Prevention is often the best treatment for a parasomnia. Getting a full night of sleep, keeping a regular sleep schedule and avoiding alcohol before going to bed can help prevent parasomnic events. Illegal drugs as well as prescribed medications, including sleeping pills, can trigger parasomnias in some people.

Periodic Limb Movements (PLMs)

Periodic limb movements are the uncontrollable, repetitive flexing of muscles during sleep. The movements most often occur in the lower legs, such as a big toe extending or ankle bending repeatedly, as often as several times a minute. An overnight sleep study may be suggested to determine the degree to which the PLMs are present, and to assess how disruptive they are to sleep.

Signs & Symptoms
The movements can severely disrupt sleep, leaving you feeling tired during the day or feeling poorly rested even after a full night of sleep. In some cases, the movements do not affect the person experiencing them, but impact the sleep of a person in the same bed.

Periodic limb movements do not always require professional treatment, especially if they do not significantly disrupt sleep.

In cases where treatment is necessary, medication including sleeping pills, anti-seizure medications and narcotic painkillers can often help to either limit the movements, or help you to sleep more continuously through the movements.

Restless Leg Syndrome

Restless Leg Syndrome (RLS) is a neurological condition in which a person has a strong urge to move his or her legs. This urge is often accompanied by unusual sensations in the legs such as itching, burning or prickling. These sensations usually go away with leg movement.

Signs & Symptoms
Because symptoms are often worse in the evening and when lying down, RLS can make it hard for you to fall asleep or stay asleep.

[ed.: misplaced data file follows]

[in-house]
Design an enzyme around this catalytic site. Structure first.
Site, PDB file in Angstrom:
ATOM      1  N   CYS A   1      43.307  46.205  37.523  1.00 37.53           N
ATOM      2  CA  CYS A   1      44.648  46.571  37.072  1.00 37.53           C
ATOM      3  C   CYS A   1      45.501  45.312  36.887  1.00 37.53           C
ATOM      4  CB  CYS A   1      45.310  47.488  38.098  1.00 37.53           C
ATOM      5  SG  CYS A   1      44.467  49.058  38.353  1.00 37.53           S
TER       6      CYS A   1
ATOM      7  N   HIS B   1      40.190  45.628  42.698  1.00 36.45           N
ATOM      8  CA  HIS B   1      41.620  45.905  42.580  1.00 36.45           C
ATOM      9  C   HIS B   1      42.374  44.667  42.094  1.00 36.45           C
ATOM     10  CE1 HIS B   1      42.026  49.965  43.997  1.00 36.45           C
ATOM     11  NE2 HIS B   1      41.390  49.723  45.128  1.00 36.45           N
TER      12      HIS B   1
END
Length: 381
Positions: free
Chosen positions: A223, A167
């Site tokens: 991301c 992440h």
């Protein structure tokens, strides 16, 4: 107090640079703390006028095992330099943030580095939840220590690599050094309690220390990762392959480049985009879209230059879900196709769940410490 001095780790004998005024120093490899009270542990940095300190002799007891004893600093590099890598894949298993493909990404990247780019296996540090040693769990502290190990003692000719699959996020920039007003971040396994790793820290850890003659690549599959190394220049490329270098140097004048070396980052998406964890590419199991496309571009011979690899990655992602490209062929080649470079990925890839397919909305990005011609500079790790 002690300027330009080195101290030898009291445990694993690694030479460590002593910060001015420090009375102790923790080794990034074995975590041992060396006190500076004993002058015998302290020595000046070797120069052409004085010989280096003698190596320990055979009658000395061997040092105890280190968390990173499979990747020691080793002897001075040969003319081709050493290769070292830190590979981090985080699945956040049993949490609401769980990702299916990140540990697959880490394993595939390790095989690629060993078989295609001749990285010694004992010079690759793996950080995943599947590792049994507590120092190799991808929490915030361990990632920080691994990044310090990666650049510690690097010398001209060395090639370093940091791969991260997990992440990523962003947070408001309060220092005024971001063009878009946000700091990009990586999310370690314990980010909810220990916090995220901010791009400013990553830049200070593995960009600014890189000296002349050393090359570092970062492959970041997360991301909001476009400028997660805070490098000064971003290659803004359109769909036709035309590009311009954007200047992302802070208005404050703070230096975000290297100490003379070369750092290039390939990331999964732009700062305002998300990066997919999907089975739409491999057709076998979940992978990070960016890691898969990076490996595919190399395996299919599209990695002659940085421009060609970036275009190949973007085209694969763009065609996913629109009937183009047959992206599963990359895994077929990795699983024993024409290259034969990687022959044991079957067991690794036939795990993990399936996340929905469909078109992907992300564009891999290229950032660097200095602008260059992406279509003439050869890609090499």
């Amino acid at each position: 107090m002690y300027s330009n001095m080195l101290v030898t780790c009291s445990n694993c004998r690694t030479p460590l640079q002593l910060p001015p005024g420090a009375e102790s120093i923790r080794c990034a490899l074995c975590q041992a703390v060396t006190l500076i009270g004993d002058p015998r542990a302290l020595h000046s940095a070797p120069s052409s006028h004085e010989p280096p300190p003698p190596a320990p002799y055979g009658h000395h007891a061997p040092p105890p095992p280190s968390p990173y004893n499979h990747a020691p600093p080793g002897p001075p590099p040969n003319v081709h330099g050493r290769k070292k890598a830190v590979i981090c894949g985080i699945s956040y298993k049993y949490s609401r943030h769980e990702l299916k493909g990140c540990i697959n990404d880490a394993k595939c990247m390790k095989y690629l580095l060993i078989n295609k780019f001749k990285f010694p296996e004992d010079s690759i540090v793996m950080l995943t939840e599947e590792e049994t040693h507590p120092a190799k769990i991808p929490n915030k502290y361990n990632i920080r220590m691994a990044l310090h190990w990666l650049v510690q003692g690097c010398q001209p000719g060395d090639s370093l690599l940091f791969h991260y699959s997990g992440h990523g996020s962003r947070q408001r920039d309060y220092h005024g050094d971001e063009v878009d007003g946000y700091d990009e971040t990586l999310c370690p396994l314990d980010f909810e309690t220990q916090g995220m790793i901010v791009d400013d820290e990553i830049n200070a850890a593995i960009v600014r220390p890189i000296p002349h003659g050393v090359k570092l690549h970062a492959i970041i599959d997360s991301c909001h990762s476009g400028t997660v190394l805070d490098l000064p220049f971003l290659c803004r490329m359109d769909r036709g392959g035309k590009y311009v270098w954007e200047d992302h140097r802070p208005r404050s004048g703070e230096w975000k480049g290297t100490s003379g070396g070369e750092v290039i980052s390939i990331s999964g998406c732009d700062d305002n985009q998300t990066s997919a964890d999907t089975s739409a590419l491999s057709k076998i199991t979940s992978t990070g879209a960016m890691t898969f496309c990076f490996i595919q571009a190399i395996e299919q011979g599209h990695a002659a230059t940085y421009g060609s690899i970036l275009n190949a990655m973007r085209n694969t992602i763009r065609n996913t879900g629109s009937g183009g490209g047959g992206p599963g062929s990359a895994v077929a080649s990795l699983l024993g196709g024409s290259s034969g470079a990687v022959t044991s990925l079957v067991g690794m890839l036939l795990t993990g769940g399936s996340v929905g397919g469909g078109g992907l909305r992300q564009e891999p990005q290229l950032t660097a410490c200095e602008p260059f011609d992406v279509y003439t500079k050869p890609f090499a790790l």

RLS is more common in older people, but it can occur at any age. It is also believed to run in families, as the risk of having RLS more than triples when an immediate family member also suffers from it, according to the American Academy of Sleep Medicine.

For mild cases of RLS, taking a hot bath, massaging your legs or using an ice pack or a heating pad may help alleviate your symptoms. Lifestyle changes such as regular exercise, quitting smoking and cutting down on alcohol and caffeine can help improve RLS.

Some people with RLS also find mental relaxation techniques helpful. A number of prescription medications are available to treat RLS.


Narcolepsy causes a person to suffer from excessive sleepiness. At times, a narcoleptic can fall asleep suddenly, even while working, driving or eating.

Signs & Symptoms
A person with narcolepsy may find it impossible to stay awake the entire day or may feel sleepy even after a good night's sleep or a long nap. Also, you are likely to have narcolepsy if you are unable to move right after falling asleep or right after waking up.

Narcolepsy is usually treated with a variety of stimulant medications that help you stay awake during the day. Some narcoleptics also suffer from sudden muscle weakness, known as cataplexy, which is treated with a different class of medications.

Note: The information provided above is for general education purposes and is not intended to constitute medical advice. The information should not be used for diagnosis or treatment, nor should it be used to replace the advice of licensed healthcare professionals. Health concerns or questions should be discussed with your physician. If you have any concerns about your health, please contact your healthcare provider.